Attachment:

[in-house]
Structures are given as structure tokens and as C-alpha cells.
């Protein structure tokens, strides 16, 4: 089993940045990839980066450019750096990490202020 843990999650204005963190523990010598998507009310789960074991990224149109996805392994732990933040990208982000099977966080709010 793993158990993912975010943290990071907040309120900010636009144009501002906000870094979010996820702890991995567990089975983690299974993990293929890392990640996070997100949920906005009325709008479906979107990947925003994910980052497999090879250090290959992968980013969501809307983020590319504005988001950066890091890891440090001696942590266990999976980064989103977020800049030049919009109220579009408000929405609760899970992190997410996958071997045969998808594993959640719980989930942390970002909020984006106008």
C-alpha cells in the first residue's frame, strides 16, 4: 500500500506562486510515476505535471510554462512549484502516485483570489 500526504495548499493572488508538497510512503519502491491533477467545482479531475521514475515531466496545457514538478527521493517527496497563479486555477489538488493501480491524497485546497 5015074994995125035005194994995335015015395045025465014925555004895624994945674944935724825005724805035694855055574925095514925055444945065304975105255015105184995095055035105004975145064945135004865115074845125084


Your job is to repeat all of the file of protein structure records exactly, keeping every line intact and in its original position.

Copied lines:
[in-house]
Structures are given as structure tokens and as C-alpha cells.
């Protein structure tokens, strides 16, 4: 089993940045990839980066450019750096990490202020 843990999650204005963190523990010598998507009310789960074991990224149109996805392994732990933040990208982000099977966080709010 793993158990993912975010943290990071907040309120900010636009144009501002906000870094979010996820702890991995567990089975983690299974993990293929890392990640996070997100949920906005009325709008479906979107990947925003994910980052497999090879250090290959992968980013969501809307983020590319504005988001950066890091890891440090001696942590266990999976980064989103977020800049030049919009109220579009408000929405609760899970992190997410996958071997045969998808594993959640719980989930942390970002909020984006106008």
C-alpha cells in the first residue's frame, strides 16, 4: 500500500506562486510515476505535471510554462512549484502516485483570489 500526504495548499493572488508538497510512503519502491491533477467545482479531475521514475515531466496545457514538478527521493517527496497563479486555477489538488493501480491524497485546497 5015074994995125035005194994995335015015395045025465014925555004895624994945674944935724825005724805035694855055574925095514925055444945065304975105255015105184995095055035105004975145064945135004865115074845125084